Isolation level “Repeatable Read”

Based on an article by Craig Freedman: Repeatable Read Isolation Level

The previous two articles (1, 2) have shown how queries with a “read committed” isolation level can generate unexpected results. This was made possible by changes to query-affected rows occurring at the same time. To avoid such surprises (but not all), you should use the “repeatable read” isolation level for sampling. In this article, we will just look at how concurrent changes behave with the “repeatable read” isolation level.
Unlike a “read committed” lookup, a “repeatable read” lookup holds locks on each affected row until the end of the transaction. Throughout the transaction, even some rows that do not match the selection as a result of the query may turn out to be locked. This locking ensures that query-affected rows are not modified or deleted in a concurrent session until the current transaction is completed (regardless of whether it is committed or rolled back). These locks do not prevent rows that have not yet been scanned from being modified or deleted, nor do they prevent new rows from being inserted between already locked rows. The figure below illustrates this behavior graphically:

Note that the ability to insert new “phantom” rows between locked rows that have already been scanned is the fundamental difference between read-only and serializable isolation levels. A serializable scan acquires a key range lock that prevents any new rows from being inserted anywhere in that range (and from modifying or deleting any existing rows in that range). Later in the article there will be some examples of how we can get unexpected results even when running queries with isolation level “repeatable read”. These examples are similar to those given in the previous two articles.

Move rows

First, let’s see how we can move a row in such a way as to cause a scan with the “repeatable read” isolation level to lose that row in the fetch. As in other examples from previous articles, we will need two sessions. Let’s start by creating a simple table:

create table t (a int primary key, b int)
insert t values (1, 1)
insert t values (2, 2)
insert t values (3, 3)

Next, in session 1, we block the second row:

begin tran
update t set b = 2 where a = 2

After that, in the second session, we will scan the table with “repeatable read”:

select * from t with (repeatableread)

This lookup reads the first row and then waits for the lock held in session 1 to be released on the second row. While the view is locked by session 1, let’s move the third row to the top of the table, doing so in the first session before committing the transaction and releasing the exclusive lock:

update t set a = 0 where a = 3
commit tran

As we expected, session 2 lost the third row and returns only two rows:

a    b    c
———– ———– ———–
1    1    1
2    2    2

Note that if we change the example so that session 1 tries to touch the first row of the table, this would result in a deadlock with session 2, which holds the lock on that row.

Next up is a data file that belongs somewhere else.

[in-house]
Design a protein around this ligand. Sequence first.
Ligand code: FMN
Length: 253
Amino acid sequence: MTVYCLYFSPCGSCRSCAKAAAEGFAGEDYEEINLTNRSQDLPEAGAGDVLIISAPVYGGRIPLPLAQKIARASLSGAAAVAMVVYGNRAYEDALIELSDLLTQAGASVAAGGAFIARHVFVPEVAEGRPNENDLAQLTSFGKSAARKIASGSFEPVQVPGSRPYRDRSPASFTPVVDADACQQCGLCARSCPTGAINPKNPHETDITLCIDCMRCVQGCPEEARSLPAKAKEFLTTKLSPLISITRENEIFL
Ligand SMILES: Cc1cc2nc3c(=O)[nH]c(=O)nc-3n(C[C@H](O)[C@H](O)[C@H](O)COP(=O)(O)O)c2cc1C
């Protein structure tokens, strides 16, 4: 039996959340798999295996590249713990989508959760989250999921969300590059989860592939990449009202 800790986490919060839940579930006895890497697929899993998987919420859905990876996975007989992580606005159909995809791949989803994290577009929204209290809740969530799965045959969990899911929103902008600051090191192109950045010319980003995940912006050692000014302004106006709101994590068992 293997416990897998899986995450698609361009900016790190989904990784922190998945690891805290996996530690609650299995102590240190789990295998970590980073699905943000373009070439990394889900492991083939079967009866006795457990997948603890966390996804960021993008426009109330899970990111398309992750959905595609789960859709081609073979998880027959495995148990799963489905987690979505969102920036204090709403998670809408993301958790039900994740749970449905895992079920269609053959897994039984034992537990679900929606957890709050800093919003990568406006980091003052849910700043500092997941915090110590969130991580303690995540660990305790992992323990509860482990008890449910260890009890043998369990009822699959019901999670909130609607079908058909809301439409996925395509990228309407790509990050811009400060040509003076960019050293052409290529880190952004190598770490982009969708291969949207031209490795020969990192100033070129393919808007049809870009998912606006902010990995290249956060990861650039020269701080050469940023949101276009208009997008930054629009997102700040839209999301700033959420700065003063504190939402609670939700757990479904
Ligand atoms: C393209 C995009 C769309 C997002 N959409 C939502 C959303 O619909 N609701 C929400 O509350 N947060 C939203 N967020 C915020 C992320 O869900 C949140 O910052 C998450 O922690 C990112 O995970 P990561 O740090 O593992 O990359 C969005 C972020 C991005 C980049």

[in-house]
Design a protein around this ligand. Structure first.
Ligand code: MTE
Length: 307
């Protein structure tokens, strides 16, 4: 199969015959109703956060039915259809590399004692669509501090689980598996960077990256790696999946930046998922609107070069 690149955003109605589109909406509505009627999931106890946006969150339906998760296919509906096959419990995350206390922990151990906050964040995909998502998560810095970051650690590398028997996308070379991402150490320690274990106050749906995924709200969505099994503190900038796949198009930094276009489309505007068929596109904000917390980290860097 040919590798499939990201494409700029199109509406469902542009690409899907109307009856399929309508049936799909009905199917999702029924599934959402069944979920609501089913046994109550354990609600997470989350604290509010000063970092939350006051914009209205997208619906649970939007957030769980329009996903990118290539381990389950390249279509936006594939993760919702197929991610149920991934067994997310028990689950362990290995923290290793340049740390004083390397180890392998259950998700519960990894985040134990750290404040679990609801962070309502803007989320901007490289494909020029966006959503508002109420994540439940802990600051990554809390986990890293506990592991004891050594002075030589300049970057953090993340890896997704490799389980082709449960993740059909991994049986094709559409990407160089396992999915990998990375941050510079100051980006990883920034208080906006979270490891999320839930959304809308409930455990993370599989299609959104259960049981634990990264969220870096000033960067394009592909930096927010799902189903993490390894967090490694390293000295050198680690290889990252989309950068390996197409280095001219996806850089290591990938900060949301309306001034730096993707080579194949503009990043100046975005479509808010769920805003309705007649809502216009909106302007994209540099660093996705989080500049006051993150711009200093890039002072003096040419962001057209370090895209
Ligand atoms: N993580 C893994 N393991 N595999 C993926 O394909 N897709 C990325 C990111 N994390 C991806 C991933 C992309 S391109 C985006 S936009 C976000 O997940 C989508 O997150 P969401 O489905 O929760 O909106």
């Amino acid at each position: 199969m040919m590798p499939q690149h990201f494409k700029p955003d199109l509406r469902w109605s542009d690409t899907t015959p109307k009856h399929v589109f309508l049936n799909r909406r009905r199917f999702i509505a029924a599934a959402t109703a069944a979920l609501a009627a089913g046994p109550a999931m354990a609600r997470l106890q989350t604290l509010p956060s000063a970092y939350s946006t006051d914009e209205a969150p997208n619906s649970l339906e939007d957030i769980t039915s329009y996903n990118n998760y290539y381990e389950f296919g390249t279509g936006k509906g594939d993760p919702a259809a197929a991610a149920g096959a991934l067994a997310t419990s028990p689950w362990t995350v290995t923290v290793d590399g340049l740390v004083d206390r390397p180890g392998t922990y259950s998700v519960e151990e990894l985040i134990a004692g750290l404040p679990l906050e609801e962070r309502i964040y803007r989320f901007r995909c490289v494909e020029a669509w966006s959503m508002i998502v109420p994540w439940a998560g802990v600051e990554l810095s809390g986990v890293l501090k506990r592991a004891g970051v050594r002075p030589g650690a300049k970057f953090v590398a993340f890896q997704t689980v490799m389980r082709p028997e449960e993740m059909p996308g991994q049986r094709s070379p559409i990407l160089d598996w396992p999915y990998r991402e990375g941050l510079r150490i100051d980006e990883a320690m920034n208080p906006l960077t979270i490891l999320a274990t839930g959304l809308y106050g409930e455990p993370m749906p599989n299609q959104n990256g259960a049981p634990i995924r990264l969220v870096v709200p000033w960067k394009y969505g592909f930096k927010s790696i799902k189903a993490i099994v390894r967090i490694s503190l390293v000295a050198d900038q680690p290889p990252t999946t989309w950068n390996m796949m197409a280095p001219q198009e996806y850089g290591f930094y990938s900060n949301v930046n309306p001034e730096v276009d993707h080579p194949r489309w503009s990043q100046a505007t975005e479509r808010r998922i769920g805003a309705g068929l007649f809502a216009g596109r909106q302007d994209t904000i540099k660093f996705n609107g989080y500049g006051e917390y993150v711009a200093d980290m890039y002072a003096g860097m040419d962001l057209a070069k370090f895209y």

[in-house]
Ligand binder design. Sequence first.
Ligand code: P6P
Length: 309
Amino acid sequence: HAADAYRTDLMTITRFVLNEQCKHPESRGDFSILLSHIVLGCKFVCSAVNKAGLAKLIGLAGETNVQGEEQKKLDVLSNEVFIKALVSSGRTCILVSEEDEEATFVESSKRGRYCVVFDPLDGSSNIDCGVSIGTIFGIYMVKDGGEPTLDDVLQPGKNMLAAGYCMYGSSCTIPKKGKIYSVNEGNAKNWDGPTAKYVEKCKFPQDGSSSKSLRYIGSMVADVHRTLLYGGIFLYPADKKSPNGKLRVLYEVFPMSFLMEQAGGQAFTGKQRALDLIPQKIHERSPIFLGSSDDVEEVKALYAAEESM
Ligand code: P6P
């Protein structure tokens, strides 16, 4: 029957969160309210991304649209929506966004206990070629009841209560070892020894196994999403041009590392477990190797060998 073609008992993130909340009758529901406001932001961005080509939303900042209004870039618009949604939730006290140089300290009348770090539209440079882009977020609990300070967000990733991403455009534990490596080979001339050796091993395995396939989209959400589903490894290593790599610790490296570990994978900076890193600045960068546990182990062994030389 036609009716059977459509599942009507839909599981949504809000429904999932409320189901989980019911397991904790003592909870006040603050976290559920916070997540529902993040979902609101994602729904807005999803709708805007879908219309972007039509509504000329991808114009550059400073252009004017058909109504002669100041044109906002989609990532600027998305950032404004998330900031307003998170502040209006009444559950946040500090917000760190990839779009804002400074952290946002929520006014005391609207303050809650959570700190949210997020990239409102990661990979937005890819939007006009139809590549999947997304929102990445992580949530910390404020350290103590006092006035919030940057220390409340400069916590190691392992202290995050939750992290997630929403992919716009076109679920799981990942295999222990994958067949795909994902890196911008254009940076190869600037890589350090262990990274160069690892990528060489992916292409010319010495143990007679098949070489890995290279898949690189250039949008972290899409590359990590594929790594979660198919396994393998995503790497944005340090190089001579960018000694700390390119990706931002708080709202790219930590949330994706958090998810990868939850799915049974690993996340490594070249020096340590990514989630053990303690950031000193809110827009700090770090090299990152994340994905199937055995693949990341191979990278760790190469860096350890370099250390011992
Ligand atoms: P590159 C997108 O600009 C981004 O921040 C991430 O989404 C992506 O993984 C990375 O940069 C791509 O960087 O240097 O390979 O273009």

phantom strings

Now let’s look at the creation of phantom strings and how they can lead to unexpected results. This example is similar to the nested loops experiment from the previous article. Start by creating two tables:

create table t1 (a1 int primary key, b1 int)
insert t1 values (1, 9)
insert t1 values (2, 9)
create table t2 (a2 int primary key, b2 int)

Now in session 1 we lock the second row of table t1:

begin tran
update t1 set a1 = 2 where a1 = 2

Then, in session 2, make a fetch with an outer join and isolation level “repeatable read”:

set transaction isolation level repeatable read
select * from t1 left outer join t2 on b1 = a2

The query plan for this join uses a join statement with nested loops:

|–Nested Loops(Left Outer Join, WHERE:([t1].[b1]=[t2].[a2]))
… |–Clustered Index Scan(OBJECT:([t1].[PK__t1]))
… |–Clustered Index Scan(OBJECT:([t2].[PK__t2]))

This plan looks at the first row from t1, tries to connect it to t2, finds that there are no matching rows, and outputs NULL values ​​instead. It then locks on session 1, waiting for the lock on the second row t1 to be released. At this time, session 1 needs to insert a new row in t2 and release the lock:

insert t2 values (9, 0)
commit tran

Here is the output result for this outer join:

a1   b1   a2   b2
———– ———– ———– ———–
1    9    NULL NULL
2    9    9    0

Note that there is a NULL line here, and a line with values ​​for the same join key!

Summary

This was already noted in the summary of the previous article, but it’s worth re-emphasizing that the above results are not incorrect, but rather a side effect of running at a low isolation level. SQL Server guarantees constant data consistency.
CLARIFICATION 8/26/2008: The above examples work as described in this article when run in the context of the tempdb database. However, the SELECT statements in session 2 may not block, as described here, if the examples are run in the context of other databases. This is possible because of an optimization made in new versions where SQL Server avoids getting “read committed” locks when it knows the data on the page hasn’t changed. If you encounter this problem, run the examples in the context of the tempdb database, or change the UPDATE statement in session 1 to update the data in the modified row. For example, for the first example, try “update t set b = 12 where a = 2”.

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